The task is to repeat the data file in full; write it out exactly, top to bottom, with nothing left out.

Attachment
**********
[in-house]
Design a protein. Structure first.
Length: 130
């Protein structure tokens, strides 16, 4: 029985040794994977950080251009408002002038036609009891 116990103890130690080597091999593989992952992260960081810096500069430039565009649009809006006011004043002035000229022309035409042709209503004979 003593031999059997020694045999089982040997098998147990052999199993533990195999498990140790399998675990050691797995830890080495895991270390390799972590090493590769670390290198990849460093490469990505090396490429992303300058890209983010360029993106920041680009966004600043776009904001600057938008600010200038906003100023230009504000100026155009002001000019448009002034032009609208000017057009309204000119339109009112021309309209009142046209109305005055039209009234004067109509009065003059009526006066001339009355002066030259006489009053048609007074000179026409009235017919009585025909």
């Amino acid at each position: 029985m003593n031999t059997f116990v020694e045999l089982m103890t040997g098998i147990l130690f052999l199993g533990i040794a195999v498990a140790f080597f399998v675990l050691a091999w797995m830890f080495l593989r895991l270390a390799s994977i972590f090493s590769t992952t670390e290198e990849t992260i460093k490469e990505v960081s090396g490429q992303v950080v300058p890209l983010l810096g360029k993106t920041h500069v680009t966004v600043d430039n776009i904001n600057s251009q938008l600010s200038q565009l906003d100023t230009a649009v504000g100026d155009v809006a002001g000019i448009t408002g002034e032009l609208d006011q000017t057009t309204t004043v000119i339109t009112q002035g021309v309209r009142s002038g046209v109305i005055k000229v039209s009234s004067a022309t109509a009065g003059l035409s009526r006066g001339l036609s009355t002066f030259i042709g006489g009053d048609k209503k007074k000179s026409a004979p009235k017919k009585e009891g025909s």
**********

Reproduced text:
[in-house]
Design a protein. Structure first.
Length: 130
């Protein structure tokens, strides 16, 4: 029985040794994977950080251009408002002038036609009891 116990103890130690080597091999593989992952992260960081810096500069430039565009649009809006006011004043002035000229022309035409042709209503004979 003593031999059997020694045999089982040997098998147990052999199993533990195999498990140790399998675990050691797995830890080495895991270390390799972590090493590769670390290198990849460093490469990505090396490429992303300058890209983010360029993106920041680009966004600043776009904001600057938008600010200038906003100023230009504000100026155009002001000019448009002034032009609208000017057009309204000119339109009112021309309209009142046209109305005055039209009234004067109509009065003059009526006066001339009355002066030259006489009053048609007074000179026409009235017919009585025909």
């Amino acid at each position: 029985m003593n031999t059997f116990v020694e045999l089982m103890t040997g098998i147990l130690f052999l199993g533990i040794a195999v498990a140790f080597f399998v675990l050691a091999w797995m830890f080495l593989r895991l270390a390799s994977i972590f090493s590769t992952t670390e290198e990849t992260i460093k490469e990505v960081s090396g490429q992303v950080v300058p890209l983010l810096g360029k993106t920041h500069v680009t966004v600043d430039n776009i904001n600057s251009q938008l600010s200038q565009l906003d100023t230009a649009v504000g100026d155009v809006a002001g000019i448009t408002g002034e032009l609208d006011q000017t057009t309204t004043v000119i339109t009112q002035g021309v309209r009142s002038g046209v109305i005055k000229v039209s009234s004067a022309t109509a009065g003059l035409s009526r006066g001339l036609s009355t002066f030259i042709g006489g009053d048609k209503k007074k000179s026409a004979p009235k017919k009585e009891g025909s």